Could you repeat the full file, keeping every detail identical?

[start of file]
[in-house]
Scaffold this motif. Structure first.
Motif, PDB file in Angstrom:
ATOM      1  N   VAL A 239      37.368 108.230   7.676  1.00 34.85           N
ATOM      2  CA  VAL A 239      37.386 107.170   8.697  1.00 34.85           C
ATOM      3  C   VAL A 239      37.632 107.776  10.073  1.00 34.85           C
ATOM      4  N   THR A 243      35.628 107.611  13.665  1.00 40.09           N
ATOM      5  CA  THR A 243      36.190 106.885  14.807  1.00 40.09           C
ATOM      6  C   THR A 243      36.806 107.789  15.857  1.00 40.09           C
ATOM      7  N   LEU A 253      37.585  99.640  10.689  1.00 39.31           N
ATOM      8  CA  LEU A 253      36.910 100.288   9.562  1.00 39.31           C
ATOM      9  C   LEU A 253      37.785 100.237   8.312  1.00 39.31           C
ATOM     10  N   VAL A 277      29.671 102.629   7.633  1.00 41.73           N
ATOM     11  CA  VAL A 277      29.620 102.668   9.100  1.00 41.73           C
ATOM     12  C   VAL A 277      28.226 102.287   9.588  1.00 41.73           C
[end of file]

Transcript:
[in-house]
Scaffold this motif. Structure first.
Motif, PDB file in Angstrom:
ATOM      1  N   VAL A 239      37.368 108.230   7.676  1.00 34.85           N
ATOM      2  CA  VAL A 239      37.386 107.170   8.697  1.00 34.85           C
ATOM      3  C   VAL A 239      37.632 107.776  10.073  1.00 34.85           C
ATOM      4  N   THR A 243      35.628 107.611  13.665  1.00 40.09           N
ATOM      5  CA  THR A 243      36.190 106.885  14.807  1.00 40.09           C
ATOM      6  C   THR A 243      36.806 107.789  15.857  1.00 40.09           C
ATOM      7  N   LEU A 253      37.585  99.640  10.689  1.00 39.31           N
ATOM      8  CA  LEU A 253      36.910 100.288   9.562  1.00 39.31           C
ATOM      9  C   LEU A 253      37.785 100.237   8.312  1.00 39.31           C
ATOM     10  N   VAL A 277      29.671 102.629   7.633  1.00 41.73           N
ATOM     11  CA  VAL A 277      29.620 102.668   9.100  1.00 41.73           C
ATOM     12  C   VAL A 277      28.226 102.287   9.588  1.00 41.73           C